Australia to Crack Down on Crypto Tax Avoidance Schemes

The Australian Taxation Office is hunting down major tax avoidance schemes using cryptocurrencies, according to a report.

AccessTimeIconJun 7, 2019 at 11:00 a.m. UTC
Updated Sep 13, 2021 at 9:17 a.m. UTC
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The Australian Taxation Office (ATO) may soon crack down on major tax avoidance schemes using cryptocurrencies.

According to a report from The Sydney Morning Herald on Thursday, the ATO is working on 12 tax avoidance cases involving abuse of crypto assets. Notably, the agency's deputy commissioner, Will Day, said at least one of the cases involve a "global financial institution," which is suspected of hiding assets and income details of taxpayers.

The ATO's crackdown is part of a global investigation by tax authorities from five countries, including Australia, the U.S., the U.K., the Netherlands and Canada. These agencies, known as the "J5," are pursuing a further 50 similar investigations globally.

The agencies came together last year to form a collective response against growing tax avoidance, cybercrime, and cryptocurrency abuse, according to the report, and have been sharing international data to pursue tax evaders.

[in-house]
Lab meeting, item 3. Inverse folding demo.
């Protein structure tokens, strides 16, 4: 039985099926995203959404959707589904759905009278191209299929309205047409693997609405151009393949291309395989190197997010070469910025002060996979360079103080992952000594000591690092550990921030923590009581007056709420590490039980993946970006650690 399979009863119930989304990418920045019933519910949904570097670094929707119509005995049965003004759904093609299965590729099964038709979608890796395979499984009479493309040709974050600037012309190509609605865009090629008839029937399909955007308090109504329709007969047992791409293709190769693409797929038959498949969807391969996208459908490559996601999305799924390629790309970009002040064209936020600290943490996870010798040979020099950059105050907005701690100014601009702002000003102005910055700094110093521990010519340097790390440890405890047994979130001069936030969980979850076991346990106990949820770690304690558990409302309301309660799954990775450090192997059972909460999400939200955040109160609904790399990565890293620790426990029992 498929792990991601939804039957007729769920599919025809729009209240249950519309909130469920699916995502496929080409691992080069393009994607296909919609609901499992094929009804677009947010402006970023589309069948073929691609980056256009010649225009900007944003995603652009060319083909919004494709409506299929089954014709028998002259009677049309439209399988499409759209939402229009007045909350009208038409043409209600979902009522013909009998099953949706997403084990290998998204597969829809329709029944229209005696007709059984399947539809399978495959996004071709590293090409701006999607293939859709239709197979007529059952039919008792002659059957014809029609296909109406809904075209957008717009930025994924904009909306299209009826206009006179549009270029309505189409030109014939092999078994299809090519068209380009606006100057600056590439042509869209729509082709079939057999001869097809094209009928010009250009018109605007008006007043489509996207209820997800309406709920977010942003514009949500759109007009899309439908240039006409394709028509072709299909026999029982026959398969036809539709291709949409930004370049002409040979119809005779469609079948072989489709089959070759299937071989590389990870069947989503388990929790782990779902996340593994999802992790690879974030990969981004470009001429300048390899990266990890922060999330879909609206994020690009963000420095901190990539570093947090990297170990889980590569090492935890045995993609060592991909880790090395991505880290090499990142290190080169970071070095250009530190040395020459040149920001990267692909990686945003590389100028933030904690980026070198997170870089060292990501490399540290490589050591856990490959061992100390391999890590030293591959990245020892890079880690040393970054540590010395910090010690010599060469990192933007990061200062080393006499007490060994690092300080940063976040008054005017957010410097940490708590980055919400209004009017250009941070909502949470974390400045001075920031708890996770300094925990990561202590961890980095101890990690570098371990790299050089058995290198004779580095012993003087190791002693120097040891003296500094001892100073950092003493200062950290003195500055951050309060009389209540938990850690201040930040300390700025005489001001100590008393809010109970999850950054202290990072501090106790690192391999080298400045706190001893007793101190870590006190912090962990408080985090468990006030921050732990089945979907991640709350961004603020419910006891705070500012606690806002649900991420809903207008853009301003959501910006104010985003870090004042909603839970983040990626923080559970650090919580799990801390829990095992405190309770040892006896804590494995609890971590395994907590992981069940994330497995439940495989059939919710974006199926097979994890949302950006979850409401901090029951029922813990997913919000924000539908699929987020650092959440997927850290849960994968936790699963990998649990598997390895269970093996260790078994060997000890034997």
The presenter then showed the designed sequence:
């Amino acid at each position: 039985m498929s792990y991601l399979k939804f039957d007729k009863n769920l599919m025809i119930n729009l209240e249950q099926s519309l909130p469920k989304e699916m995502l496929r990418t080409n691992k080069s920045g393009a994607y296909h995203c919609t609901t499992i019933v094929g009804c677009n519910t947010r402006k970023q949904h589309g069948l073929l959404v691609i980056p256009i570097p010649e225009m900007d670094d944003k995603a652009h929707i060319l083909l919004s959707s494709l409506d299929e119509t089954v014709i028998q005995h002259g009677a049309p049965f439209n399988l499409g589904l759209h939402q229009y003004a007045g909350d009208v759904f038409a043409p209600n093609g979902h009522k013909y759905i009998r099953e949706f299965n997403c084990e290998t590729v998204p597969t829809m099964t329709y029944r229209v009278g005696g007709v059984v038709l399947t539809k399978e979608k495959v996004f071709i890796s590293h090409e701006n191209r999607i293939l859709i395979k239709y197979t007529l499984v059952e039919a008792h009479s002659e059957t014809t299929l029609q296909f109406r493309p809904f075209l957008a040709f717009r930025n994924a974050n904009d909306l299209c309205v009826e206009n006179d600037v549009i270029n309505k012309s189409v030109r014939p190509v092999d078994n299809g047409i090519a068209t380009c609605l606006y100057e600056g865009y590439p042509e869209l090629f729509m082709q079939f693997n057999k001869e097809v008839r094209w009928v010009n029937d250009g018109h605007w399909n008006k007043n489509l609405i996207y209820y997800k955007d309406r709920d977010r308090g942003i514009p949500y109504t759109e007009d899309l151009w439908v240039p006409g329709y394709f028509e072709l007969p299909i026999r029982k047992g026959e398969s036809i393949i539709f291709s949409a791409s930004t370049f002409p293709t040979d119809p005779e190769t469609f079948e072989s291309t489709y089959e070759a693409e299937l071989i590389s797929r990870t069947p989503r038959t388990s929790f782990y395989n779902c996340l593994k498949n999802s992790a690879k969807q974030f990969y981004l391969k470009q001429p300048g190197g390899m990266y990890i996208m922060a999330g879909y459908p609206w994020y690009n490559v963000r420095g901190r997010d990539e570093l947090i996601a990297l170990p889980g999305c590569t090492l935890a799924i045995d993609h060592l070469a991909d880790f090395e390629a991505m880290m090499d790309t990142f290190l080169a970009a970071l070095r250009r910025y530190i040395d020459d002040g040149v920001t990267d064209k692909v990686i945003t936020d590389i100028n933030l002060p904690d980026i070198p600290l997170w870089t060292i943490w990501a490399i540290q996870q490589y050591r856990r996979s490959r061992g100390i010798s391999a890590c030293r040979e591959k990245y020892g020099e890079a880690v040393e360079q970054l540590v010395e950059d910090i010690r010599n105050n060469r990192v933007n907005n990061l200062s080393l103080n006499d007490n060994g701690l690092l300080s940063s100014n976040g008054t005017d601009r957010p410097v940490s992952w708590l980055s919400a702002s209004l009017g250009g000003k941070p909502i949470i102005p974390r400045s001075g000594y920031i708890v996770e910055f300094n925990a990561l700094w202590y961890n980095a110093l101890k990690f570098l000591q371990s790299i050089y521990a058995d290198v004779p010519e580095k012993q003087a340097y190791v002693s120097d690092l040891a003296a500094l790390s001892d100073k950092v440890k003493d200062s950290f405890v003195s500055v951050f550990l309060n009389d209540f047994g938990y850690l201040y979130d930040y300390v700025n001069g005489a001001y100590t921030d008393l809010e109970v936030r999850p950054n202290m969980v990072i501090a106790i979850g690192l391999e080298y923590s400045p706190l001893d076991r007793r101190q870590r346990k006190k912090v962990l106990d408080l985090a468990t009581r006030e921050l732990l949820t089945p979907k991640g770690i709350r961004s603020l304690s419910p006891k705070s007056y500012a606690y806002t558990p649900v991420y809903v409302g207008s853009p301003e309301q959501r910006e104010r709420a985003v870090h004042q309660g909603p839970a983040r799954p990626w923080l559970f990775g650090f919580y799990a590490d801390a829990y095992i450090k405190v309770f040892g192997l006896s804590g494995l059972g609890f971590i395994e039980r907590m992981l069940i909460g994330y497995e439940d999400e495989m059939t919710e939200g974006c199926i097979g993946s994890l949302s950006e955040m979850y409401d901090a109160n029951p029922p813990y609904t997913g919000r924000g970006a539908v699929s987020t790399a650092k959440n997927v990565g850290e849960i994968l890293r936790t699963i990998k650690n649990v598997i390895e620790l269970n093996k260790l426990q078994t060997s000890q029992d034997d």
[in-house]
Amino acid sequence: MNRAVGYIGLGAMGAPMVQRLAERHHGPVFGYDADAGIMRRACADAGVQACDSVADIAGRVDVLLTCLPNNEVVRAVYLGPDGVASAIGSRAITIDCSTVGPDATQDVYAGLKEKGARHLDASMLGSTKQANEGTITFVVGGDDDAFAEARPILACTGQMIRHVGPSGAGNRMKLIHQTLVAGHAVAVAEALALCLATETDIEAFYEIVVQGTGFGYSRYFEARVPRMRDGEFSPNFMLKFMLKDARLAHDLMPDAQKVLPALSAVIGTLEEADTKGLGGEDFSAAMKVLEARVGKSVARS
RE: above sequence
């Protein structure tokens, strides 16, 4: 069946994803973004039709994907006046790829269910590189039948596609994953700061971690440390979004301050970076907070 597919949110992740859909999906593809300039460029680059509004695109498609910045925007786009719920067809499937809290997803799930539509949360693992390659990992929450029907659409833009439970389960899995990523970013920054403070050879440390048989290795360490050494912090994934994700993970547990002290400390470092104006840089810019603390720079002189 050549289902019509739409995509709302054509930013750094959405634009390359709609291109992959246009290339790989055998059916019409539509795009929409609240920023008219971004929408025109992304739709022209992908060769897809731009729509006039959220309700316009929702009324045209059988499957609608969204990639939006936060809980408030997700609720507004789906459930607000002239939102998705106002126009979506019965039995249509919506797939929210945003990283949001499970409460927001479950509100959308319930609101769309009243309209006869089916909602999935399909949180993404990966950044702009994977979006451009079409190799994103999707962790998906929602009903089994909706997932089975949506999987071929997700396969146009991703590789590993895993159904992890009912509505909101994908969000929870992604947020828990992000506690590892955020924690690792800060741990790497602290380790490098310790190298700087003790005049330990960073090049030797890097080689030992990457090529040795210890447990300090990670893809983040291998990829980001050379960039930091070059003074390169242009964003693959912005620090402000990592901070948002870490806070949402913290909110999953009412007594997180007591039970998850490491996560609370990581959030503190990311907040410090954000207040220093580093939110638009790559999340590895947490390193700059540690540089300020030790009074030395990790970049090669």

Day cited evidence as showing that individuals in Australia have been enabling tax avoidance or teaming up with people in other countries to conduct criminal activities.

"At no other time have criminals been at greater risk of being caught. In Australia, they are often intermediaries who are playing a role between the tax evader and an offshore entity," he said.

Last month, authorities in the Netherlands shut down a cryptocurrency "mixer," which was used to obfuscate the source of cryptocurrency transactions.

Europol, which was involved in the action, alleged that much of the money that passed through Bestmixer.io “had a criminal origin or destination,” contending that “in these cases, the mixer was probably used to conceal and launder criminal flows of money.”

According to The Herald, information from Bestmixer is being examine and shared between J5 members

Australian tax form image via Shutterstock

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